(AP/Charlie Neibergall)

Marco Rubio's immigration fog: His stance on his own reform legislation is impossible to discern

Marco Rubio worked feverishly to pass an immigration reform bill that he also says was never meant to be a law


Simon Maloy
February 16, 2016 10:46PM (UTC)

It’s pretty much impossible at this point to figure out what Marco Rubio thinks about his one real achievement as a United States senator: the 2013 comprehensive immigration reform bill. Rubio played a leading role in crafting and passing the legislation as part of the Senate’s bipartisan Gang of Eight, but he abandoned the legislation not long after it passed when it became clear just how dangerous the bill was to his political ambitions. In the two-plus years since he washed his hands of his own accomplishment, Rubio has been struggling with how to frame his deviation from conservative orthodoxy so that it doesn’t hurt him with Republican primary voters.

This weekend in South Carolina, following yet another debate-stage battle with Ted Cruz over immigration, Rubio told the GOP faithful that the Gang of Eight bill – the legislation he worked doggedly to write and pass – was never meant to become law. Per NBC News:

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"The Senate immigration law was not headed towards becoming law," he told a questioner at a town hall in Rock Hill, S.C. "Ideally it was headed towards the House, where conservative members of the House were going to make it even better."

Rubio added that the legislation he helped draft as part of a bipartisan team known as the "Gang of 8" was "the best we could do given the fact of who was running the Senate at the time," noting Democrats were in control, "but it was never going to go from there to the president's desk."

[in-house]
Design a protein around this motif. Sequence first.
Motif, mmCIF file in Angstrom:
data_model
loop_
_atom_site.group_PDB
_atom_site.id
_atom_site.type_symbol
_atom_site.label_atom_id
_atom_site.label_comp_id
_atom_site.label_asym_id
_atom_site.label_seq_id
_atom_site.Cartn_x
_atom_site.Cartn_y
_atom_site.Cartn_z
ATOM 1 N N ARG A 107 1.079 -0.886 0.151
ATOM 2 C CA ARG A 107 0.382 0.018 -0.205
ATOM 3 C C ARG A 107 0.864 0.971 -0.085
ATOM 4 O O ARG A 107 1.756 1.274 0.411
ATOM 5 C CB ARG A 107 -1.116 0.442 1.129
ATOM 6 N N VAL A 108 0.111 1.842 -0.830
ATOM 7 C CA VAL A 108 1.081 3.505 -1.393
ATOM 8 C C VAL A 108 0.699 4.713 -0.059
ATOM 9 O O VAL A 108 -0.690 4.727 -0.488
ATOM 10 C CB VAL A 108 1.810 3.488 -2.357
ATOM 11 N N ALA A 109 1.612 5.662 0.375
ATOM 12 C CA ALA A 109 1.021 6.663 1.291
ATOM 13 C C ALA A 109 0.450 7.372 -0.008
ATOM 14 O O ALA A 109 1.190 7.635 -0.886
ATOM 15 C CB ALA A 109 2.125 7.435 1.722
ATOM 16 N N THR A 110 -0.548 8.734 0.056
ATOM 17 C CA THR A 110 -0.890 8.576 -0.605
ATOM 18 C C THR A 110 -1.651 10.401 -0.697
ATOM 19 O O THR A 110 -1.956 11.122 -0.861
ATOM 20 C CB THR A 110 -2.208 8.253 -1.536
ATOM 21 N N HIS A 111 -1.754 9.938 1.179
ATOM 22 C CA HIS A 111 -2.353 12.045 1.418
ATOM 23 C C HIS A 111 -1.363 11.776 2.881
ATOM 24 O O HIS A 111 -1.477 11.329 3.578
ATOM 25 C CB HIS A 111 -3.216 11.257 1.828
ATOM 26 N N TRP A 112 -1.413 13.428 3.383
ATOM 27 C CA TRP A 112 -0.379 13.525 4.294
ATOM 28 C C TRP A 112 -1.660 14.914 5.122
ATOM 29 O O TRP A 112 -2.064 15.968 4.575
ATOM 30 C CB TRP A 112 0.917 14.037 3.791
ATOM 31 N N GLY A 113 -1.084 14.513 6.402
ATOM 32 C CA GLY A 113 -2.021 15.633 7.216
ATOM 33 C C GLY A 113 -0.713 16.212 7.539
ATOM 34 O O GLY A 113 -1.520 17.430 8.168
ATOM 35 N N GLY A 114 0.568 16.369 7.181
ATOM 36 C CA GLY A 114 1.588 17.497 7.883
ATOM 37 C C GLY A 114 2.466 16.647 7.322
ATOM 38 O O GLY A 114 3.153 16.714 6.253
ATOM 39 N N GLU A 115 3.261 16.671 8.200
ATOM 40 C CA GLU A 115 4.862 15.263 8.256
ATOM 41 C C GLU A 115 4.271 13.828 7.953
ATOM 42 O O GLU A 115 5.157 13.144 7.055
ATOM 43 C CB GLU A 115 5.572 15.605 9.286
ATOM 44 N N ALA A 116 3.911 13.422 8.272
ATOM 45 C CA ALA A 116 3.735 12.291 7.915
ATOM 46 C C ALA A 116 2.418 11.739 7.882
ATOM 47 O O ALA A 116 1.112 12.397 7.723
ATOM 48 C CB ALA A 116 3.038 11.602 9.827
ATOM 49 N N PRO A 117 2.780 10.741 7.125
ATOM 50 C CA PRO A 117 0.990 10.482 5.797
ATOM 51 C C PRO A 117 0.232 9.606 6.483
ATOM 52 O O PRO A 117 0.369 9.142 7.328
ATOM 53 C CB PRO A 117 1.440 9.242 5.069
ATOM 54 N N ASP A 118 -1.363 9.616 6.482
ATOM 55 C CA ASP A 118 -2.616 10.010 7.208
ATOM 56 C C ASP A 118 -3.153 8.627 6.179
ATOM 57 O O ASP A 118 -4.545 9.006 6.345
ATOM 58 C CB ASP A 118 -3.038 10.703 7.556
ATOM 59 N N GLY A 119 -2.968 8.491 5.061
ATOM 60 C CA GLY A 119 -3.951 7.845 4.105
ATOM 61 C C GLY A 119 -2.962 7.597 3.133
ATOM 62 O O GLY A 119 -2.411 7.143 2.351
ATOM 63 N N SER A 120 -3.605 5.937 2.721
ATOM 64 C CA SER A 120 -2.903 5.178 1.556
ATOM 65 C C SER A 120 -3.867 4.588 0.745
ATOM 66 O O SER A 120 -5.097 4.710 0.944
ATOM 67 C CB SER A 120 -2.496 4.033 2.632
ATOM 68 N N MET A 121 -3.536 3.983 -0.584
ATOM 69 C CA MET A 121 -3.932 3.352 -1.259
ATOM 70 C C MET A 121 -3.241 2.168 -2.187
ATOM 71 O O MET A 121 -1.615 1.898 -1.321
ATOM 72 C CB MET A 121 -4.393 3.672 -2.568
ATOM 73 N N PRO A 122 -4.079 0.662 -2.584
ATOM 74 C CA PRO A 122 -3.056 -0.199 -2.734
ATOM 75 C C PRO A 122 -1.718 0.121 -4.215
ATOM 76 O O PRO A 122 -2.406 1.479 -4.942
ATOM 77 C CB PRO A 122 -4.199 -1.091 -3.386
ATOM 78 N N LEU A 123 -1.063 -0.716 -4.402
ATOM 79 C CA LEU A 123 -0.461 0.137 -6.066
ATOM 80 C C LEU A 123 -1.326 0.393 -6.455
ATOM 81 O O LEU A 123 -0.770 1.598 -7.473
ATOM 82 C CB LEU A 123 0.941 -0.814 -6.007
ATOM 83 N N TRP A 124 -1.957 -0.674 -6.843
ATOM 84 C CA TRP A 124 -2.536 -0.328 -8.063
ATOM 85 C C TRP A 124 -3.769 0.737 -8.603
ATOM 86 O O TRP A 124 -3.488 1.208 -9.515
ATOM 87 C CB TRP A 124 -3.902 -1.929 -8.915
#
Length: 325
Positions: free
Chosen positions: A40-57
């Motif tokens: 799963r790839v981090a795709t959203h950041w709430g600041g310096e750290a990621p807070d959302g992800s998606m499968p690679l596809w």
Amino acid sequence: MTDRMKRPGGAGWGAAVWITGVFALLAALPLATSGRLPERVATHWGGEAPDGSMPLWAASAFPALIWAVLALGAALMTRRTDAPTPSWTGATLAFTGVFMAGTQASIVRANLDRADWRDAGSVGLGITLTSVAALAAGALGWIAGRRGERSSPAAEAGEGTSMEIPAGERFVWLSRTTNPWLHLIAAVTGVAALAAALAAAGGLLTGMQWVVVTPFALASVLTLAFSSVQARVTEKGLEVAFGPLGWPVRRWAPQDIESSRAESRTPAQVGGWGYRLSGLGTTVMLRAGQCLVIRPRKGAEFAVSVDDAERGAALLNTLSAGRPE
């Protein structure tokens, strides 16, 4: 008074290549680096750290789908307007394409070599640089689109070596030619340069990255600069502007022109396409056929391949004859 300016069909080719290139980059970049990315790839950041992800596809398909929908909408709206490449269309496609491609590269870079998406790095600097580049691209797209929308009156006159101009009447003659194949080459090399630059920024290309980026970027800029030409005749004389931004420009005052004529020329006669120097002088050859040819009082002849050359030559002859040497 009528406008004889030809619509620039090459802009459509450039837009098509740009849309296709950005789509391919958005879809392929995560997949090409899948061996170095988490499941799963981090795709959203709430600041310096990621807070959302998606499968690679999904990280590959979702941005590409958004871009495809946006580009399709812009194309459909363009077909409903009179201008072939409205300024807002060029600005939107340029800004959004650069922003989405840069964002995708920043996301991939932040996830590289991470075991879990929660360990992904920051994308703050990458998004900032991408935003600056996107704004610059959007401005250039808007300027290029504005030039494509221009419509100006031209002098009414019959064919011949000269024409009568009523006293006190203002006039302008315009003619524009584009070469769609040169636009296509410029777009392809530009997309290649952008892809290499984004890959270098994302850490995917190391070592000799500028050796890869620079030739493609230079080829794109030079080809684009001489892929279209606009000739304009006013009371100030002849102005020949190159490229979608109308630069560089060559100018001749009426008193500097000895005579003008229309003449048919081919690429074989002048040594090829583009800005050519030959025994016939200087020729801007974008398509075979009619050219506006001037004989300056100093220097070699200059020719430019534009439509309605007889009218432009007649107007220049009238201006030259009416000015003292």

At one level, Rubio was just stating the obvious: very few bills passed by either house of Congress make it to the president’s desk without going through some significant changes. As it was poised to pass the Senate, though, Rubio specifically addressed conservative critics of the legislation and told them that while it obviously wasn’t their idea of the perfect immigration bill, it was conservative enough and merited passage. “I realize that in the end, many of my fellow conservatives will still not be able to support this reform,” Rubio said. “But I hope you will understand that I honestly believe it is the right thing for our country. To finally have an immigration system that works, to finally have a fence, more agents and E-Verify, and to finally put an end to de facto amnesty.”

But even if you buy the idea that Rubio envisioned a much more conservative version of the bill emerging from the conference committee, that doesn’t explain why he dropped the issue almost entirely after the bill passed in late June 2013. You’d think that a guy who believed his legislation was the right thing to do and who also believed the House could make it better would be twisting arms and pushing his colleagues to get something passed. But instead, Rubio clammed up and refused to expose himself any further. That August, he made a perfunctory attempt to argue that failure to act on immigration reform would impel Barack Obama to take unilateral action, but by October he was blaming Obama for his own party’s intransigence. And then, just about four months to the day after his bill passed, Rubio gave up on his own bill.

From that point he’s been busily muddying the circumstances of its failure and his own position regarding the bill. His favorite explanation for its failure was that the American people just didn’t trust the federal government enough to get behind the legislation – a nonsense claim that neatly absolves his own colleagues for their role in killing the bill. He’s even tried presenting himself as a Cassandra-like critic of his own legislation, arguing that his warnings about its lax security measures went unheeded. (They were heeded, amendments were passed strengthening border security, and Rubio was satisfied enough to vote “aye.”)

It’s not that difficult a scenario to puzzle out: Rubio overextended himself politically, realized he’d made a huge mistake, and hastily retreated to preserve his future political viability. But now he’s trying to have it as many ways as he wants with regard to his failed immigration legislation. He criticizes it as bad policy, but he also takes credit for it as a tangible accomplishment. “I’ve done more immigration than Hillary Clinton ever did,” he said on NPR last April. “I mean, I helped pass an immigration bill in a Senate dominated by Democrats.” That same bill, he now says, was never meant to be a law.


Simon Maloy

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